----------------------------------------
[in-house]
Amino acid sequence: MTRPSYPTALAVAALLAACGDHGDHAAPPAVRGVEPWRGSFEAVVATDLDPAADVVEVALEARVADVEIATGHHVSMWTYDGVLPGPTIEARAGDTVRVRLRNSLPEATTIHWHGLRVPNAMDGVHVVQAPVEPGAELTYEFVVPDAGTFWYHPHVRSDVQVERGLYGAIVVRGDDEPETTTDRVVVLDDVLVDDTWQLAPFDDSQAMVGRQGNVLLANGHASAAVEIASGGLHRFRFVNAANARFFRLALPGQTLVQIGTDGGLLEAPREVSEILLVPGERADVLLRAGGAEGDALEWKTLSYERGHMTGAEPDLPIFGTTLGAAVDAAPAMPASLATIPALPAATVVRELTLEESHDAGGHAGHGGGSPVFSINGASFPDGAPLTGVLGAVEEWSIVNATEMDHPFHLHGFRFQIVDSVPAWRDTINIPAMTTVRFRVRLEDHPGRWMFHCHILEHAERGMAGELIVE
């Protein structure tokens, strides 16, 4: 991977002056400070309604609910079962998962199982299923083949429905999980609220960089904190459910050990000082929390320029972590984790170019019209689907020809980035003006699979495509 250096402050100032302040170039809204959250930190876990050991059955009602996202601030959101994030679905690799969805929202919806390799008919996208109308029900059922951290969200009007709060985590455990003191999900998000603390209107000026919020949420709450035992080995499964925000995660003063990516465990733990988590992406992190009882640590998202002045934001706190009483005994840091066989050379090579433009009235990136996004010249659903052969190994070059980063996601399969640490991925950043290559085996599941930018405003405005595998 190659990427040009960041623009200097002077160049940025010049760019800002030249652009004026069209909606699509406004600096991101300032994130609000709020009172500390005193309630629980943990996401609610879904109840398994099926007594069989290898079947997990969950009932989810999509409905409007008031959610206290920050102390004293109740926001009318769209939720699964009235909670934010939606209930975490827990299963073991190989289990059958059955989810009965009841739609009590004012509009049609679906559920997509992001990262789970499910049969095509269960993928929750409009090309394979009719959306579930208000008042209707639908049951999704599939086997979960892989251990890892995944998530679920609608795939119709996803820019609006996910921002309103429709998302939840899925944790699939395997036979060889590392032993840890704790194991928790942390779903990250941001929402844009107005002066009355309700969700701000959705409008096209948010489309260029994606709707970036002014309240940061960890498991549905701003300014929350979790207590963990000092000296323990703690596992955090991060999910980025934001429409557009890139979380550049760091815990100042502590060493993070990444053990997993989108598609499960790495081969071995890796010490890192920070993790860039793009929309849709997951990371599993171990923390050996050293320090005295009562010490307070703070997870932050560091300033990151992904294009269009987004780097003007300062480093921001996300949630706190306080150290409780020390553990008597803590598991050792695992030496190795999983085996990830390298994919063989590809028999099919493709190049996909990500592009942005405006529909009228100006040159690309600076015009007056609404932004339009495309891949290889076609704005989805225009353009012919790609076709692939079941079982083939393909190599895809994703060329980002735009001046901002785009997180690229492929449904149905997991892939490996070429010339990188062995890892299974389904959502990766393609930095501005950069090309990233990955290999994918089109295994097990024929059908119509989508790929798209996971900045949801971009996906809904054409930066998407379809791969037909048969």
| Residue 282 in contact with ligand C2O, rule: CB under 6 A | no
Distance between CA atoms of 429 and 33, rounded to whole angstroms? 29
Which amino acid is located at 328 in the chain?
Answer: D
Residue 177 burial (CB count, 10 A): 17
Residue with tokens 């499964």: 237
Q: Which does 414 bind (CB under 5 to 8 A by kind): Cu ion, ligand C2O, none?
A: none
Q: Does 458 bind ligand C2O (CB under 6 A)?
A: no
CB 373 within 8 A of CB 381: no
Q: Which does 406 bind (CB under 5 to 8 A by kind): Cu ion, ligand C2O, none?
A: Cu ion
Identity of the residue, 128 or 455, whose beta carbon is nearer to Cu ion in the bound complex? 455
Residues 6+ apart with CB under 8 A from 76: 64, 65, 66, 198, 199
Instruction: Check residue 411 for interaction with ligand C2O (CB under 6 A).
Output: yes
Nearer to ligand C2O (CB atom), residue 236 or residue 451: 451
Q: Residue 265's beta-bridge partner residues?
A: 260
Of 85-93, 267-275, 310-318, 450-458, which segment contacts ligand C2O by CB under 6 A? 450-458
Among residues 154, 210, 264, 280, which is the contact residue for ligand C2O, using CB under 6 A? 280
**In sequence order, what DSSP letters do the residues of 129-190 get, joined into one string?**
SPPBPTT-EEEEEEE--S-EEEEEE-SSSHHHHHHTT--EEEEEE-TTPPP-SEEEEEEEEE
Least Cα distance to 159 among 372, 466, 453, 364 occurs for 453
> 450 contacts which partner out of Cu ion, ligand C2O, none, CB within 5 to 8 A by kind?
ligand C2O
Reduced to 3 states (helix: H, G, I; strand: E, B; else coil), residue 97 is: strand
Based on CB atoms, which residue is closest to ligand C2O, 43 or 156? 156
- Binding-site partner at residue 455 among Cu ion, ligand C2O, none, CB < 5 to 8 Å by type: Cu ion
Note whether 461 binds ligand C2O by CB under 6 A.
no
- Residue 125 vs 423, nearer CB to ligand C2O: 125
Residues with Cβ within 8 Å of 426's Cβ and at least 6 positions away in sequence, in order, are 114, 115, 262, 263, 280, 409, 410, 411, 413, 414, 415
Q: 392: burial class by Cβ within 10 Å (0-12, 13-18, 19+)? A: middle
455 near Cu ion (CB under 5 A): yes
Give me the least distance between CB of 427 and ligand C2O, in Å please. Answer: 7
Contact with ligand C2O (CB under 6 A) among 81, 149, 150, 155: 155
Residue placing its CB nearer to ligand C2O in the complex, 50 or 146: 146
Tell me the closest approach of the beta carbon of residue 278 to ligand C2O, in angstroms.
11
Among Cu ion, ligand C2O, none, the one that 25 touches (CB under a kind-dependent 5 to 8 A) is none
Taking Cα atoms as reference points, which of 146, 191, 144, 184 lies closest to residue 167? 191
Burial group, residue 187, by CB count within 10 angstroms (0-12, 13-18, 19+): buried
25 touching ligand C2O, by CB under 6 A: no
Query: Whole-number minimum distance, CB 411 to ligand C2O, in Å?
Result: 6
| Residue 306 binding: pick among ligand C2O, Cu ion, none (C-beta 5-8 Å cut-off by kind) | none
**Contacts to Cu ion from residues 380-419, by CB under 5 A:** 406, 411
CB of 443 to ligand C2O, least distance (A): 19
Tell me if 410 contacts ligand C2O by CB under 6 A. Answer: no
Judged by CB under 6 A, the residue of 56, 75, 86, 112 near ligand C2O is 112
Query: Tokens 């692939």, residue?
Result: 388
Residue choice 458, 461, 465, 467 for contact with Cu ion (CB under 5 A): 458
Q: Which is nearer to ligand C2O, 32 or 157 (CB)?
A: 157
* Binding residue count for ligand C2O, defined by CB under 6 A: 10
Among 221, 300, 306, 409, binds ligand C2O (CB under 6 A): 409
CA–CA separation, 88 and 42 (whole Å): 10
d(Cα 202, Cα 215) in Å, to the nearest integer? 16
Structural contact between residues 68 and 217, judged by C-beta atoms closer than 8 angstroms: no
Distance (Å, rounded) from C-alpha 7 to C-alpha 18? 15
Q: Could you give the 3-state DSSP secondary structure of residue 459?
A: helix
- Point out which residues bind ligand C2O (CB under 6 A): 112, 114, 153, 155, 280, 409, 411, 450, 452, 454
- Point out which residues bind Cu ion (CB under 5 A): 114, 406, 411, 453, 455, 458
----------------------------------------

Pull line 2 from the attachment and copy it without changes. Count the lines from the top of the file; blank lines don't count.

Amino acid sequence: MTRPSYPTALAVAALLAACGDHGDHAAPPAVRGVEPWRGSFEAVVATDLDPAADVVEVALEARVADVEIATGHHVSMWTYDGVLPGPTIEARAGDTVRVRLRNSLPEATTIHWHGLRVPNAMDGVHVVQAPVEPGAELTYEFVVPDAGTFWYHPHVRSDVQVERGLYGAIVVRGDDEPETTTDRVVVLDDVLVDDTWQLAPFDDSQAMVGRQGNVLLANGHASAAVEIASGGLHRFRFVNAANARFFRLALPGQTLVQIGTDGGLLEAPREVSEILLVPGERADVLLRAGGAEGDALEWKTLSYERGHMTGAEPDLPIFGTTLGAAVDAAPAMPASLATIPALPAATVVRELTLEESHDAGGHAGHGGGSPVFSINGASFPDGAPLTGVLGAVEEWSIVNATEMDHPFHLHGFRFQIVDSVPAWRDTINIPAMTTVRFRVRLEDHPGRWMFHCHILEHAERGMAGELIVE